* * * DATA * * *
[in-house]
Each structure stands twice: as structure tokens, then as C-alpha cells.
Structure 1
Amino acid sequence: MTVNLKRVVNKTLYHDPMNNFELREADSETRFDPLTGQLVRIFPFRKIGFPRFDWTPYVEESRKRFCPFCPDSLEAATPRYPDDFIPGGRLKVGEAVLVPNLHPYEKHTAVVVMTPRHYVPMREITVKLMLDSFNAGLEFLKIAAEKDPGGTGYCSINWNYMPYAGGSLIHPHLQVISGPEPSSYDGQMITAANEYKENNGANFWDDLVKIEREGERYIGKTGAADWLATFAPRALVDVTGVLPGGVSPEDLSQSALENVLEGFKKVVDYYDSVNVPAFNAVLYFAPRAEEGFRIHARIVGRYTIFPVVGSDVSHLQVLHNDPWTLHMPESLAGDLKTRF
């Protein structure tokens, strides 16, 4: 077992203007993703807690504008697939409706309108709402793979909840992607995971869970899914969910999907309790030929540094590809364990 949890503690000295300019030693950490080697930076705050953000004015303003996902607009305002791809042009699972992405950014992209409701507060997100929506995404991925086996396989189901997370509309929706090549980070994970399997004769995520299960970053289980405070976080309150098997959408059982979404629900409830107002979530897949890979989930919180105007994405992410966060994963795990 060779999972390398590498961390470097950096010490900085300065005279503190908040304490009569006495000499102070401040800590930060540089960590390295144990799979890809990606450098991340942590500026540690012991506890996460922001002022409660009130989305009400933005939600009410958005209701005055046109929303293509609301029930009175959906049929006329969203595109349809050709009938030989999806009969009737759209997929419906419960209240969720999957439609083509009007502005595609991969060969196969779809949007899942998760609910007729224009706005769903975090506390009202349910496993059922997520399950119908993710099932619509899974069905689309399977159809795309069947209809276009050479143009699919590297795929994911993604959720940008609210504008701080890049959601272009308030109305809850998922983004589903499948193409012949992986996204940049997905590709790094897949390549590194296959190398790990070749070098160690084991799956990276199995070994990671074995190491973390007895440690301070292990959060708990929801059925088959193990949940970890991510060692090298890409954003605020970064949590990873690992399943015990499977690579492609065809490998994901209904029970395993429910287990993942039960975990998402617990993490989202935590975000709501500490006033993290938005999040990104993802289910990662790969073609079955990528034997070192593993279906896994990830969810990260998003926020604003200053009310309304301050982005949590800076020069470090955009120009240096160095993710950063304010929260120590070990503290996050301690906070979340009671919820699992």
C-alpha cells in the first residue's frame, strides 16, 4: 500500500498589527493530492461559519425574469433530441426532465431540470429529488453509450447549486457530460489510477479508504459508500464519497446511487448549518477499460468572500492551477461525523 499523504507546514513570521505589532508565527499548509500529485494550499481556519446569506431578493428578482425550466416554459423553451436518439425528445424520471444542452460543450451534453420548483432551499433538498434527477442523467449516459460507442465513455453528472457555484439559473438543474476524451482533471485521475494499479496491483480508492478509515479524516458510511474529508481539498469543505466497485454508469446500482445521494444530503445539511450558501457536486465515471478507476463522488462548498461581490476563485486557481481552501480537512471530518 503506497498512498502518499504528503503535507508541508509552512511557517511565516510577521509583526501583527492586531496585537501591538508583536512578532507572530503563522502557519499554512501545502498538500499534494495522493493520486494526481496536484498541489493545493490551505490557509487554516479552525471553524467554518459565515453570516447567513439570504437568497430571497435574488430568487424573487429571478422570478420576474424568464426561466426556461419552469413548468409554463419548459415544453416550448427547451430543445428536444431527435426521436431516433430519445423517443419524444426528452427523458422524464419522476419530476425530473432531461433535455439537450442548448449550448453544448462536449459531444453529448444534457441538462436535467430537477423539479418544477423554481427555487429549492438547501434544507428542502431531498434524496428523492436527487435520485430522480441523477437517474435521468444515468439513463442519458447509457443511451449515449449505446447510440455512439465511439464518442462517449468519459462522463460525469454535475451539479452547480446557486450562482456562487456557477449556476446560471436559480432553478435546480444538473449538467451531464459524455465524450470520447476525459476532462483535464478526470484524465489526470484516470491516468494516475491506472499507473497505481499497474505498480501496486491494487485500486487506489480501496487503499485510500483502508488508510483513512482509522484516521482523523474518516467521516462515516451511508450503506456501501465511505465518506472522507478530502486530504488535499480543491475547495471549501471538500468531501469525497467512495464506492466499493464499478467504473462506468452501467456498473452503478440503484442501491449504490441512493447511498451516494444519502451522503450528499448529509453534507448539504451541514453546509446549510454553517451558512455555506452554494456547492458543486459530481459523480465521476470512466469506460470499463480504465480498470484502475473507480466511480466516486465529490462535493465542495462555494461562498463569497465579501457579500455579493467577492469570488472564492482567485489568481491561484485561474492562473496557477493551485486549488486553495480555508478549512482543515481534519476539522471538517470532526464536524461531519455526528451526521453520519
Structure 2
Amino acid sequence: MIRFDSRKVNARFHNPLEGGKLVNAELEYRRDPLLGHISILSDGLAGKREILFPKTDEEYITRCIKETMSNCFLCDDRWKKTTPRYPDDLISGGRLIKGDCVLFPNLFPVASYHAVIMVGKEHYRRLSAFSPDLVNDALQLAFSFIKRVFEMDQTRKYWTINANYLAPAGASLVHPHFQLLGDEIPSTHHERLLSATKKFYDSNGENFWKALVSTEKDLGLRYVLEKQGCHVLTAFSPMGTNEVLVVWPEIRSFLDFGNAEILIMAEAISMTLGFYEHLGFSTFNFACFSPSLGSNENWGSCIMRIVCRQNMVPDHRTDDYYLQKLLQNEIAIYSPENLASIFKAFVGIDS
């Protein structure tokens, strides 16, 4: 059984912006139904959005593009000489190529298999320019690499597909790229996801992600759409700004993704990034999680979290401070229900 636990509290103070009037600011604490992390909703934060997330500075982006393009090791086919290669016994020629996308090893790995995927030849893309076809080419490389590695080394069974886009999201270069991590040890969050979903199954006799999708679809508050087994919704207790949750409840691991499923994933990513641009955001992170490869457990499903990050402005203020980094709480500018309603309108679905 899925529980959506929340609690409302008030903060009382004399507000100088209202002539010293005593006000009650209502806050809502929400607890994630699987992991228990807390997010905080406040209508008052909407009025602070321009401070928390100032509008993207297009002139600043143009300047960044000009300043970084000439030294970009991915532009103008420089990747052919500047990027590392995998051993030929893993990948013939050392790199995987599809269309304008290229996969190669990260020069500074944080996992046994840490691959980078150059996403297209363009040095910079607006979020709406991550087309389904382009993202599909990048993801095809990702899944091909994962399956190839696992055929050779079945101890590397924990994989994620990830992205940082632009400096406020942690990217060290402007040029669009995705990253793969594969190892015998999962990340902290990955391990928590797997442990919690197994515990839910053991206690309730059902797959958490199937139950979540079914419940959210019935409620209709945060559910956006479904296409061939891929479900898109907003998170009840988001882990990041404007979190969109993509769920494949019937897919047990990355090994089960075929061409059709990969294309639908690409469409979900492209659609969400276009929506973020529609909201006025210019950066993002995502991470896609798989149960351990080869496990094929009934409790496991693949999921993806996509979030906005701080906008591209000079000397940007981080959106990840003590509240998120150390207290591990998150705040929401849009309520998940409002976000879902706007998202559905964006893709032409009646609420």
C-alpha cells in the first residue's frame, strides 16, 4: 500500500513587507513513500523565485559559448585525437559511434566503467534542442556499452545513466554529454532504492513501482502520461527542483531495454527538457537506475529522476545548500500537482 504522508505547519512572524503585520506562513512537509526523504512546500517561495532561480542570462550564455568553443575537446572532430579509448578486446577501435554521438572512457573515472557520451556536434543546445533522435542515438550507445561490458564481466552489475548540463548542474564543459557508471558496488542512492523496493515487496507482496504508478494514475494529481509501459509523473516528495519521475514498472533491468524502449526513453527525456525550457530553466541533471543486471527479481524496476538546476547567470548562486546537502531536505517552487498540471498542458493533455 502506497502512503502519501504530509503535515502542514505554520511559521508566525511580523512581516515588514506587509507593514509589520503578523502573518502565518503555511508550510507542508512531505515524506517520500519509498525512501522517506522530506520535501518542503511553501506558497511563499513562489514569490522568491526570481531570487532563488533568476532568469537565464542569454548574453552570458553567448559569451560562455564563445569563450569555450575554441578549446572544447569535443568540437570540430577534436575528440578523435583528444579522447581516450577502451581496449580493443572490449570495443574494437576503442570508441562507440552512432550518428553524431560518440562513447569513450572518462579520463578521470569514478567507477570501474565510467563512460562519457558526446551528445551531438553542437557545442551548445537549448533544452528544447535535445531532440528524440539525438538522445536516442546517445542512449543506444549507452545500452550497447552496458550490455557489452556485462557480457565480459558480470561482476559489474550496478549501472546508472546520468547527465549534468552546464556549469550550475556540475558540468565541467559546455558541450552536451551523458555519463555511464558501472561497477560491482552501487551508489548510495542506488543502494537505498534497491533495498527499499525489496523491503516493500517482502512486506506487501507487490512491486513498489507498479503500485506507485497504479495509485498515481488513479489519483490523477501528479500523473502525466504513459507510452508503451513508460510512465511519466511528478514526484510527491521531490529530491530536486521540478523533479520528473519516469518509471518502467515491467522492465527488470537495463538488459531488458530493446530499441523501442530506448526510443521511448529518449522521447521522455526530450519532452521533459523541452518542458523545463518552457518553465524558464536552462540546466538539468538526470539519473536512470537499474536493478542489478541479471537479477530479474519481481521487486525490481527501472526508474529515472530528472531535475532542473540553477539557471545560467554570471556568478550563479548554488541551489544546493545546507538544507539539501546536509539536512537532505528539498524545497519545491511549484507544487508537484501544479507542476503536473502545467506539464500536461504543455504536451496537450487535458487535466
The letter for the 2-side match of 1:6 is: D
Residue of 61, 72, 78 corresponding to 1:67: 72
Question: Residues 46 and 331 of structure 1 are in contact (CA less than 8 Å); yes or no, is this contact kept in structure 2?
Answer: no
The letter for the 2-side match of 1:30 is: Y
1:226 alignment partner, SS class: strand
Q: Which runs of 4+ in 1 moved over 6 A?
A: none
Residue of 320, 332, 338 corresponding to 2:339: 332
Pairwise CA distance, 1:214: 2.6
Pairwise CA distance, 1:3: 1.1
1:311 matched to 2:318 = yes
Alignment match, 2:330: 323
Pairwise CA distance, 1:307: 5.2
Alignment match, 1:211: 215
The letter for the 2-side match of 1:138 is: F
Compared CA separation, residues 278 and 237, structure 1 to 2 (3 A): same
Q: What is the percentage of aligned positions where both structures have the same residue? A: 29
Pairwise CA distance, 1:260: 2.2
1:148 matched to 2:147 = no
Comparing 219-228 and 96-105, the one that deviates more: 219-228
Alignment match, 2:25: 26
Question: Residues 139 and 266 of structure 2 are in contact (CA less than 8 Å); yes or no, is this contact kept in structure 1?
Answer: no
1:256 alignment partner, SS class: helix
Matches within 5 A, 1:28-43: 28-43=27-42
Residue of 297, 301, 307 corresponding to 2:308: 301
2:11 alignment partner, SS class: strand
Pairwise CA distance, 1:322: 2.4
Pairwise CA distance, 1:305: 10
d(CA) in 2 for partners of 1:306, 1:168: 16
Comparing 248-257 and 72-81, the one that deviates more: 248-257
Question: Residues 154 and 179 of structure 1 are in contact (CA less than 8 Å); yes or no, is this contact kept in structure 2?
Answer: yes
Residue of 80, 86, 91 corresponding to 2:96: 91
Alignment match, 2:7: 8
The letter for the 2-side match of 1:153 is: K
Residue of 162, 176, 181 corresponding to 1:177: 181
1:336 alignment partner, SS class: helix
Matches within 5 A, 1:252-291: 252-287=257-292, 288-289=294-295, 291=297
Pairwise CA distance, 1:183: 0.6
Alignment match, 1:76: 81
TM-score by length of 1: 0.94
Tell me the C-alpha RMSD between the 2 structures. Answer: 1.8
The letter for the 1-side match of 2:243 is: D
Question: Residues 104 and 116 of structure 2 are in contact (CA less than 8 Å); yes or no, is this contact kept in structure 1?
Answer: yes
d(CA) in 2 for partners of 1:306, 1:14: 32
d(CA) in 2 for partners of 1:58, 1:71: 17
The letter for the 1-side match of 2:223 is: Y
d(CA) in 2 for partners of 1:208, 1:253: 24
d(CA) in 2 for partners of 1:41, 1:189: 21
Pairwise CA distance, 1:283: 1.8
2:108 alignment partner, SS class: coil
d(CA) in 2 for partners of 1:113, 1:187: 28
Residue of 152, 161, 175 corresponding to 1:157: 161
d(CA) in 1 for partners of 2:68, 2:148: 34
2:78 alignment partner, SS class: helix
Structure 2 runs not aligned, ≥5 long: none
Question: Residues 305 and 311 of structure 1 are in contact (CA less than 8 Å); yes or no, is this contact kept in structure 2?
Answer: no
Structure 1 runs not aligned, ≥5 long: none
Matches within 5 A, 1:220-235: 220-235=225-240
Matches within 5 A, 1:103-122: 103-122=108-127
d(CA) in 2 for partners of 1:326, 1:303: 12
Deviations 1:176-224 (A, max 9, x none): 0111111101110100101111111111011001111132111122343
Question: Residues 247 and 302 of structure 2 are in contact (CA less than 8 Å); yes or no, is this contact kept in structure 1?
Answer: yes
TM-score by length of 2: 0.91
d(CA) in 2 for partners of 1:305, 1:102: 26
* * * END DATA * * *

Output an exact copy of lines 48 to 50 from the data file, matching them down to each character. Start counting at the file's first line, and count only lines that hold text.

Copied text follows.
Residue of 162, 176, 181 corresponding to 1:177: 181
1:336 alignment partner, SS class: helix
Matches within 5 A, 1:252-291: 252-287=257-292, 288-289=294-295, 291=297